See the original article Here.

Source:

Olson B. (2017 August 24). Survey: small business keeping pace with health benefits offered by employers nationwide [Web blog post]. Retrieved from address http://blog.ubabenefits.com/survey-small-businesses-keeping-pace-with-health-benefits-offered-by-employers-nationwide


Survey: Small Businesses Keeping Pace with Health Benefits Offered by Employers Nationwide

Small employers, those with less than 100 employees, have a reputation for not offering health insurance benefits that are competitive with larger employers, but new survey data from United Benefit Advisors reveals they are keeping pace with the average employer and, in fact, doing a better job of containing costs. According to UBA's new special report: "Small Businesses Keeping Pace with Nationwide Health Trends," based on the most recent UBA Health Plan Survey, employees across all plan types pay an average of $3,378 toward annual health insurance benefits, with their employer picking up the rest of the total cost of $9,727.  Among small groups, employees pay $3,557, with their employer picking up the balance of $9,474—only a 5.3 percent difference, finds UBA.

"While employers with 500 to 1,000 or more employees may indeed offer better coverage (lower copays, deductibles, in-network out-of-pocket maximums, and monthly premiums), small employers have a lot to offer employees when it comes to wages, purpose, flexibility, etc.," says Peter Weber, President of UBA. "Small employers would do well to benchmark their plans against their same-size peers and communicate how competitive their plans are relative to average national costs, deductibles, copays, and more."

When looking at average annual cost per employee, UBA's data shows that small businesses actually cut a better deal even when compared to their largest counterparts—their costs are generally below average. For example, the average annual cost per employee (all plans) is $9,727, but for small groups with 25 to 49 employees, the average cost per employee is only $9,165.

"Keep in mind that relief such as grandmothering and the PACE Act helped many of these small groups stay in pre-ACA plans at better rates, unlike their larger counterparts," says Weber. "Generally speaking, however, small businesses are not cutting corners with their coverage. Copays, deductibles, and HSA funding (when offered) are generally in line with average employers."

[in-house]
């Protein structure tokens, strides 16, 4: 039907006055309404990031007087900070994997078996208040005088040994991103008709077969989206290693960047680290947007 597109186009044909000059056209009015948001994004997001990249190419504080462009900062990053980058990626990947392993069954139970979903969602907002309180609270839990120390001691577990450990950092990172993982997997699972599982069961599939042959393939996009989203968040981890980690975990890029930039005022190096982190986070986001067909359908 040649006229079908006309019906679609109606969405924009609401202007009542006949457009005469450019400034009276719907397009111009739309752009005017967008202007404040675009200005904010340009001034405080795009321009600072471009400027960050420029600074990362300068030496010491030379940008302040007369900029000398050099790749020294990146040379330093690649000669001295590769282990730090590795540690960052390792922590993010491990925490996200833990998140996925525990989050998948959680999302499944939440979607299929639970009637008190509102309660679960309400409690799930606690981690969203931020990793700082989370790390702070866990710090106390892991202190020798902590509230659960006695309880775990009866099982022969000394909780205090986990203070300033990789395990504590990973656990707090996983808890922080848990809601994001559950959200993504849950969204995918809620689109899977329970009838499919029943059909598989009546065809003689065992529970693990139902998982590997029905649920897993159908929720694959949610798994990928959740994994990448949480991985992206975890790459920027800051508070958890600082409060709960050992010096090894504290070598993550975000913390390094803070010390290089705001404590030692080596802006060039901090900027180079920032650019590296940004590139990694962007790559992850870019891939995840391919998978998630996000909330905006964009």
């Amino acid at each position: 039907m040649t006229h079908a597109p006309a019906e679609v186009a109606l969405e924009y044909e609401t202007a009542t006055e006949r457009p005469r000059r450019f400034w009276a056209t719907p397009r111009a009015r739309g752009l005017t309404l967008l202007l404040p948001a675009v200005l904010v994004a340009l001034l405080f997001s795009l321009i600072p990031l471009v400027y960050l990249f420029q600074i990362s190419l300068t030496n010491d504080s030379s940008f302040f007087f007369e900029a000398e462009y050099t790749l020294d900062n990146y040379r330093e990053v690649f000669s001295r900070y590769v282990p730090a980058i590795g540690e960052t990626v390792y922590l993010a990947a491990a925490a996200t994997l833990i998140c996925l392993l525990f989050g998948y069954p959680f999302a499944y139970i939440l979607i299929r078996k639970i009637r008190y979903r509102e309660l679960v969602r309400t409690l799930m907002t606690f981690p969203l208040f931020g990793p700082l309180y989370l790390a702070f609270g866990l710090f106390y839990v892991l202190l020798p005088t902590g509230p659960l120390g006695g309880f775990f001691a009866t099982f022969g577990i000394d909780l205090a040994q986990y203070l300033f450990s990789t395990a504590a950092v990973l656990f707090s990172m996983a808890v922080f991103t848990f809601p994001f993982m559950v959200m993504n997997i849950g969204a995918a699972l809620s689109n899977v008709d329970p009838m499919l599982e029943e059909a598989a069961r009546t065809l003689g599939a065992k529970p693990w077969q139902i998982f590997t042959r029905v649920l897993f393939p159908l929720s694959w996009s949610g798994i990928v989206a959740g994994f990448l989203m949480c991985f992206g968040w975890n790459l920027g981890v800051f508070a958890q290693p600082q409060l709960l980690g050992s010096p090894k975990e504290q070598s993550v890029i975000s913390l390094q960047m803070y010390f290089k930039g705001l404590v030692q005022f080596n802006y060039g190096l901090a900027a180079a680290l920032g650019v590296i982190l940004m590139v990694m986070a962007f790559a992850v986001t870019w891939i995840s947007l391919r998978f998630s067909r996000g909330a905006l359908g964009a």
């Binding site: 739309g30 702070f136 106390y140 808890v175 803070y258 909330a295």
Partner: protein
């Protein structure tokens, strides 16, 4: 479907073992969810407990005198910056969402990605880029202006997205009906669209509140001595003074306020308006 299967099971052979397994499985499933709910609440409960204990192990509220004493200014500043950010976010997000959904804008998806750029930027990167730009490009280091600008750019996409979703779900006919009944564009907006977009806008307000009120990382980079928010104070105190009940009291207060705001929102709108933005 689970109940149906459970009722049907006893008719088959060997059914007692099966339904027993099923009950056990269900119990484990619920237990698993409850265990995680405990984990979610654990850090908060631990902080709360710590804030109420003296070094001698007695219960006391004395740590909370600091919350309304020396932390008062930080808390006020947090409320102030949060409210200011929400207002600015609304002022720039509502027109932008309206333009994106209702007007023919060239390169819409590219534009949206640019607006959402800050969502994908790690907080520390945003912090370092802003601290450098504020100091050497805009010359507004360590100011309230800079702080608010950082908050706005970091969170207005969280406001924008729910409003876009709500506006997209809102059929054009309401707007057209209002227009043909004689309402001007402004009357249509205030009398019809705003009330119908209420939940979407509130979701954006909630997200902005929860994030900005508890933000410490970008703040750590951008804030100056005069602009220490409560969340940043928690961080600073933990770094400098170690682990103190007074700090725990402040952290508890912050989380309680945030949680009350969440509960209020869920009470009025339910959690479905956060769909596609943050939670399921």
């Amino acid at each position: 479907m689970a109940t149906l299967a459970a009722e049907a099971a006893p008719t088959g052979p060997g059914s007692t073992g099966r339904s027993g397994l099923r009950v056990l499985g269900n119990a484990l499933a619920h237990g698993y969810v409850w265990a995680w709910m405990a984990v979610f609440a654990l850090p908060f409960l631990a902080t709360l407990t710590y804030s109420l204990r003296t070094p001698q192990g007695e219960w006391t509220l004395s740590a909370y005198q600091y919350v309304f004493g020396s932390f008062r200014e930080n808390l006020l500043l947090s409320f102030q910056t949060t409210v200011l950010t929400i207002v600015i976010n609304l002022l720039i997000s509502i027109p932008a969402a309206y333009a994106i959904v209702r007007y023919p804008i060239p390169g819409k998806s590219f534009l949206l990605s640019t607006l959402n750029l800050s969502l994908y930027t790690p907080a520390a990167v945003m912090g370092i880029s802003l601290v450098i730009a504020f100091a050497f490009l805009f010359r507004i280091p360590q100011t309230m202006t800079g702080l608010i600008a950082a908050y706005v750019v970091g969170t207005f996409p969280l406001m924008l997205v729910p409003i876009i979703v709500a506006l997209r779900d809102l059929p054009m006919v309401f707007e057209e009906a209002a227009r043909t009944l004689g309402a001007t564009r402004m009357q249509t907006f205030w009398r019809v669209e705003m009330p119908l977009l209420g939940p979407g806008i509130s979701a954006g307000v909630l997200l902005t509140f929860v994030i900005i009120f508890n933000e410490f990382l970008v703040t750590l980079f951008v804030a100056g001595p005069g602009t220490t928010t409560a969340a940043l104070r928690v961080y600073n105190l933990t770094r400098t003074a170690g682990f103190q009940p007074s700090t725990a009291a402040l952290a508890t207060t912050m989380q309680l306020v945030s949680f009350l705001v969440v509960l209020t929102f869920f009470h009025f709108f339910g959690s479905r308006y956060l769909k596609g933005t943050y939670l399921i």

For more detailed information, including a chart of detailed plan costs comparing small to large businesses nationwide, download a free copy of UBA's Special Report: "Small Businesses Keeping Pace with Nationwide Health Trends". 

Contact us for a customized benchmark survey based on industry, region, and business size.

About United Benefit Advisors
United Benefit Advisors® (UBA) is the nation's leading independent employee benefits advisory organization with more than 200 offices throughout the United StatesCanada, and the United Kingdom. UBA empowers more than 2,000 Partners to both maintain their individuality and pool their expertise, insight, and market presence to provide best-in-class services and solutions. Employers, advisors and industry-related organizations interested in obtaining powerful results from the shared wisdom of our Partners should visit www.UBAbenefits.com.


Poll: Majority Sees GOP Health Bill as Step Backward

Have you wondered how other Americans feel about the repealing of the ACA? Check out in this great article by Jonathan Easley from The Hill about a poll taken from Harvard detailing how people across the country really feel about the passing of the AHCA.

A majority of voters see the GOP healthcare bill as a step backward and want to see the Senate make significant changes to it.

According to data from the latest Harvard-Harris Poll survey, provided exclusively to The Hill, 55 percent view the House-passed bill as a step backward, compared to 45 percent who described it as a step forward.

Seventy-seven percent of Republicans view the bill as a step forward, while 77 percent of Democrats and 61 percent of independents view it as a step back.

Fifty-seven percent of voters said they want to see the Senate make significant changes to the bill if it is to be passed into law, including 64 percent of Republicans and 66 percent of independents.

Sixty percent of voters want the Senate bill to ensure people with preexisting conditions can get affordable healthcare.

An amendment to the House bill offers state waivers that would allow carriers to charge people more based on their health.

“The voters want to neither go back to ObamaCare nor to the House bill,” said Harvard-Harris co-director Mark Penn.

“The Senate is going to have to thread the needle here and craft a new compromise. The voters are mostly concerned with pre-existing conditions and are against any penalty for not having insurance. Solve the preconditions dilemma and they might have something that could get public support.”

The Harvard-Harris online survey of 2,006 registered voters was conducted May 17–20. The partisan breakdown is 36 percent Democrat, 32 percent Republican, 29 percent independent and 3 percent other. The poll uses a methodology that doesn't produce a traditional margin of error.

The Harvard–Harris Poll is a collaboration of the Harvard Center for American Political Studies and The Harris Poll. The Hill will be working with Harvard-Harris throughout 2017. Full poll results will be posted online later this week.

Satisfaction with the bill cut sharply along partisan lines.

See the original article Here.

Source:

Easley J. (2017 May 24). Poll: majority sees GOP health bill as step backward[Web blog post]. Retrieved from address http://thehill.com/policy/healthcare/335003-poll-majority-sees-gop-health-bill-as-step-backward